Saskatoon

New law would require Saskatoon drivers to keep a 1-metre distance when passing bikes

It's one of several new tweaks proposed to the city's bike bylaw. Allowing kids 14 and under to ride on side sidewalks is another.

Allowing kids 14 and under to ride on sidewalks is among other proposals recommended by city

The City of Calgary's new safe passing bylaw requires that motorists leave one metre of space when passing a cyclist. Saskatoon is recommending a similar law. (City of Calgary)

The City of Saskatoon is recommending that cars be legally required to provide a one-metre buffer when passing cyclists on some streets, provided there's enough room to do so. 

Drivers who otherwise get too close could face a fine of $50. 

The proposed separation distance is one of several changes planned for the city's new bike bylaw, which has been under development for more than a year. Any changes would require the approval of city councillors. 

"Every person in charge of a motor vehicle who is overtaking a person travelling on a bicycle on a street with one traffic lane shall, as nearly as may be practicable, leave a distance of not less than one meter between the bicycle and the motor vehicle," reads the draft rule.

The one-metre buffer would include "all projections and attachments" on bikes and cars.

CBC News obtained a copy of a report outlining all the desired new bike rules — two days after a police bike patrol officer was allegedly struck by a passing motorist in downtown Saskatoon. 

On Friday during morning rush hour, the bike cop was riding east on the 100 block of 22nd Street E — in the right-side curb lane — when a passing pickup truck's passenger side mirror hit her on the head, according to the Saskatoon Police Service.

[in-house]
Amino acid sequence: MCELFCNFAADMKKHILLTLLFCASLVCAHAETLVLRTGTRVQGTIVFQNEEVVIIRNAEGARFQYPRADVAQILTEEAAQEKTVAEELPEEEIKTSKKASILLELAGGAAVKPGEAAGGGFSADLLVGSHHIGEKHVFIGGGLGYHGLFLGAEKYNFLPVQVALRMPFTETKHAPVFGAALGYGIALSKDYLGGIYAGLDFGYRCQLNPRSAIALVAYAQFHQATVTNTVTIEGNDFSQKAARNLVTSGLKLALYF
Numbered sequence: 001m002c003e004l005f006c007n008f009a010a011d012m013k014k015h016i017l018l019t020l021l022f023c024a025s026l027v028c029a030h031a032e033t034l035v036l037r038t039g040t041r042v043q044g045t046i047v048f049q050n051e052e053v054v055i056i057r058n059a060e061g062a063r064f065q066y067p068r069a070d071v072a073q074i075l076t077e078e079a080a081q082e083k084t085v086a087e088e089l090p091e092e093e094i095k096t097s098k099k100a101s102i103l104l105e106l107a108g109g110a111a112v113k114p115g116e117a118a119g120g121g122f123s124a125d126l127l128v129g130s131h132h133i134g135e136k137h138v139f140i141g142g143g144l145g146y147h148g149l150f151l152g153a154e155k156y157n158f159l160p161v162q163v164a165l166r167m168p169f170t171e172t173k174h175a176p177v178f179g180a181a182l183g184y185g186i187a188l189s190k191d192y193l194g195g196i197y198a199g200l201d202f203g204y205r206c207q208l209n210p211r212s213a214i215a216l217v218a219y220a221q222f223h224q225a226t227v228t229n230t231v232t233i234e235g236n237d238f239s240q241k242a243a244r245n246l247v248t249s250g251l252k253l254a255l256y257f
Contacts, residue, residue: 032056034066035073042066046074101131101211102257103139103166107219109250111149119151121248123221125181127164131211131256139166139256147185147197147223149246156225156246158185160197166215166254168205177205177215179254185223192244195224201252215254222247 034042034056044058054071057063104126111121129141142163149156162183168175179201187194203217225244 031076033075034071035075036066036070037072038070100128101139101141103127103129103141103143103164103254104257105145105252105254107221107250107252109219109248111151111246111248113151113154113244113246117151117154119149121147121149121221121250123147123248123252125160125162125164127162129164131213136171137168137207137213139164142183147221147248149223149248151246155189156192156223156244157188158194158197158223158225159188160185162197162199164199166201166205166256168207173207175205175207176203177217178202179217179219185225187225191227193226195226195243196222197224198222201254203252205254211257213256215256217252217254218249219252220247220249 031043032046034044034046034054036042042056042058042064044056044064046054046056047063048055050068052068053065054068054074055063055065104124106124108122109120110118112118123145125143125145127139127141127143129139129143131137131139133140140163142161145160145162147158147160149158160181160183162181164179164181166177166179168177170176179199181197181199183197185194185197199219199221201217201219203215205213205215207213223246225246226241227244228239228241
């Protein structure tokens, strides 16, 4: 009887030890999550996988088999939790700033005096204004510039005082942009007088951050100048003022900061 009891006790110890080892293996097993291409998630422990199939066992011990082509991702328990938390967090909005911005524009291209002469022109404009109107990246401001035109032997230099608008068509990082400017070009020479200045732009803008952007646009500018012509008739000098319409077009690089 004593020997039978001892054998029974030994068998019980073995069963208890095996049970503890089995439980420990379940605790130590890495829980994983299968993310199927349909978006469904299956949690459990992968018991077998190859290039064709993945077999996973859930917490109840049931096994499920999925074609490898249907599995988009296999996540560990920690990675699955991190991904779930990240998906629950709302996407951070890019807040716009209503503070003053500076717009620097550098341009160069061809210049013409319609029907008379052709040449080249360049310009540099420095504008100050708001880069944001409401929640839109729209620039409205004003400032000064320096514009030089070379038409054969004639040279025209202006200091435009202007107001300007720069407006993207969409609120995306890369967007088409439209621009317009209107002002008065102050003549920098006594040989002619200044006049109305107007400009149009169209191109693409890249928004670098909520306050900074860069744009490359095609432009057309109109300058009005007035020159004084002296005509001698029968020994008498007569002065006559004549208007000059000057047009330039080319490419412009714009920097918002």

"It hit her helmet, thankfully," said Staff Sgt. Darren Pringle.

The driver of the pickup truck had been driving in the right-side lane too, attempted to change to the left lane, saw there was a car already in the left lane, and then shifted back to the right lane when they struck the officer, Pringle said. 

"It doesn't sound like there was much attention paid to the cyclist," Pringle said. 

The officer suffered minor injuries and was taken to hospital but is not off work, he added. The driver who struck her was charged under section 213 of the Traffic Safety Act — driving without "due care required."

The incident didn't surprise Zack MacGregor, a Saskatoon cyclist who commutes to work by bike and rides about 2,000 kilometres a year.

"I've actually had a similar thing happen to me. Remember the old painted bike lanes on 4th Avenue? I got clipped by a truck when I was riding [in those lanes]," said MacGregor. 

The proposed new buffer would not have helped the bike cop, as that new rule is intended for single-lane roads only. (The section of 22nd Street where the officer was struck has two driving lanes on each side of the road.)  

But the buffer is one of several bike bylaw changes meant to "provide an effective enforcement tool to complement" the city's existing traffic bylaw and the provincial Traffic Safety Act, according to the city report.

The Traffic Safety Act does not prescribe a one-metre-or-less buffer, just that drivers pass other vehicles when it is safe to do so. 

"The passing rule in the revised bylaw applies to when the traffic lane is reasonably and practicably wide enough for the motor vehicle to pass within the lane providing one-metre of clearance," according to the city report.